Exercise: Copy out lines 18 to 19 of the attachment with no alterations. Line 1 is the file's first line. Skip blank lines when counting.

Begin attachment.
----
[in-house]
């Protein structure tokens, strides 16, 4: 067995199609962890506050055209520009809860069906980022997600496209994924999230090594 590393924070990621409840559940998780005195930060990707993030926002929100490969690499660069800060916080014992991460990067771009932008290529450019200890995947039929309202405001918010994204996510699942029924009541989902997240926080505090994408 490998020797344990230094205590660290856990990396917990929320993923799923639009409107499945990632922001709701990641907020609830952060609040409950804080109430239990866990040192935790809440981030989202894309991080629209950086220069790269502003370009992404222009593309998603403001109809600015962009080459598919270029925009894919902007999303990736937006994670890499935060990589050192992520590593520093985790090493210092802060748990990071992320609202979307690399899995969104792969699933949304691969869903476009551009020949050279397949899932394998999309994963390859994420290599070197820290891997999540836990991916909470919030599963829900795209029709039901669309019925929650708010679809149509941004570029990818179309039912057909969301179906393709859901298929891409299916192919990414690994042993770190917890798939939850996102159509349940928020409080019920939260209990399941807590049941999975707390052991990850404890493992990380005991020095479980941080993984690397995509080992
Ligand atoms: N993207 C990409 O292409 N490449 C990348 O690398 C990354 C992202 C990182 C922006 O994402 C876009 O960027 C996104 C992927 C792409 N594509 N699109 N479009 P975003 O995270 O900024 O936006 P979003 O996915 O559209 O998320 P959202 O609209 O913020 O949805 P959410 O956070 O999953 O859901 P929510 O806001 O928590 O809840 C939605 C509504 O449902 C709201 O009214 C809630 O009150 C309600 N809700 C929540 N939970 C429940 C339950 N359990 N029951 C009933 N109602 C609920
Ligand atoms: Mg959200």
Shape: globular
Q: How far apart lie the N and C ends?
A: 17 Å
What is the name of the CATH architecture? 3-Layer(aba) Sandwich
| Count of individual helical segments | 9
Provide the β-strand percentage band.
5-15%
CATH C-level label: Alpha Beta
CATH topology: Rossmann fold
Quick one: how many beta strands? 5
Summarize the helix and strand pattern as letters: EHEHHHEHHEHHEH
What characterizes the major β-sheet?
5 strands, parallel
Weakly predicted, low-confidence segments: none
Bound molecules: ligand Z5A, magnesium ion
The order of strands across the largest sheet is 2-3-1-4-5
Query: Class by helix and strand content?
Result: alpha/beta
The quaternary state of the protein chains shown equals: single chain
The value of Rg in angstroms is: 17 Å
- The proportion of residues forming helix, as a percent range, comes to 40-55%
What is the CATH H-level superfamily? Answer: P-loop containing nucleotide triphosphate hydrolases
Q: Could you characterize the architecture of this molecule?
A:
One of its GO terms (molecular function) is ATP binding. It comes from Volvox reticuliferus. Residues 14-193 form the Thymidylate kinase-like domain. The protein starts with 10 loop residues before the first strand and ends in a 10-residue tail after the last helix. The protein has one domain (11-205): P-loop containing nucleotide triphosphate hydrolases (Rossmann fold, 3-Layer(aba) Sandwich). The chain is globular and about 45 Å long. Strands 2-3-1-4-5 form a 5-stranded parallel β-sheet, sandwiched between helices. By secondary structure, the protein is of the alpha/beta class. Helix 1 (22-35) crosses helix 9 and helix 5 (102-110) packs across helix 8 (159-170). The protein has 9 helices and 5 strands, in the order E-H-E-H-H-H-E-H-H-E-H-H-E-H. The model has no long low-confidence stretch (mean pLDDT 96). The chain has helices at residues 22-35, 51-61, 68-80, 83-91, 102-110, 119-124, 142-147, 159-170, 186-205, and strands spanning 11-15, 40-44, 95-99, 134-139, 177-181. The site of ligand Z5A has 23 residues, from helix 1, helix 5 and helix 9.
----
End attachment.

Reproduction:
Weakly predicted, low-confidence segments: none
Bound molecules: ligand Z5A, magnesium ion